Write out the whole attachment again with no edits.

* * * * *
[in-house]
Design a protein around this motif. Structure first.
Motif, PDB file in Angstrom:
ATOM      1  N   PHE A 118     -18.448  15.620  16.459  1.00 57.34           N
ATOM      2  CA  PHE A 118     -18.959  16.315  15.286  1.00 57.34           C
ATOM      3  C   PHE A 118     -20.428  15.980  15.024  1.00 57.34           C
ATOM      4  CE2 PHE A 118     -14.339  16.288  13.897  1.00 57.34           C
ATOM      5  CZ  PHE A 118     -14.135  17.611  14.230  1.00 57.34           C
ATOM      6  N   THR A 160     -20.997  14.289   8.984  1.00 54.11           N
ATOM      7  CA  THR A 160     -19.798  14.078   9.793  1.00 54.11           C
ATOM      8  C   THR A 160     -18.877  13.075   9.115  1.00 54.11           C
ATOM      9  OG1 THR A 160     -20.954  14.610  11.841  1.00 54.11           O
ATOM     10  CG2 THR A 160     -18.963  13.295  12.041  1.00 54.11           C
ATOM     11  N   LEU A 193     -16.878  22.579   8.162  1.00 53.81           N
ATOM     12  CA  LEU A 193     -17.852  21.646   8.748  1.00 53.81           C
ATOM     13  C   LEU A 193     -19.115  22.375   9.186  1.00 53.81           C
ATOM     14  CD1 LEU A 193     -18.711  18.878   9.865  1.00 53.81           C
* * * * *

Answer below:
[in-house]
Design a protein around this motif. Structure first.
Motif, PDB file in Angstrom:
ATOM      1  N   PHE A 118     -18.448  15.620  16.459  1.00 57.34           N
ATOM      2  CA  PHE A 118     -18.959  16.315  15.286  1.00 57.34           C
ATOM      3  C   PHE A 118     -20.428  15.980  15.024  1.00 57.34           C
ATOM      4  CE2 PHE A 118     -14.339  16.288  13.897  1.00 57.34           C
ATOM      5  CZ  PHE A 118     -14.135  17.611  14.230  1.00 57.34           C
ATOM      6  N   THR A 160     -20.997  14.289   8.984  1.00 54.11           N
ATOM      7  CA  THR A 160     -19.798  14.078   9.793  1.00 54.11           C
ATOM      8  C   THR A 160     -18.877  13.075   9.115  1.00 54.11           C
ATOM      9  OG1 THR A 160     -20.954  14.610  11.841  1.00 54.11           O
ATOM     10  CG2 THR A 160     -18.963  13.295  12.041  1.00 54.11           C
ATOM     11  N   LEU A 193     -16.878  22.579   8.162  1.00 53.81           N
ATOM     12  CA  LEU A 193     -17.852  21.646   8.748  1.00 53.81           C
ATOM     13  C   LEU A 193     -19.115  22.375   9.186  1.00 53.81           C
ATOM     14  CD1 LEU A 193     -18.711  18.878   9.865  1.00 53.81           C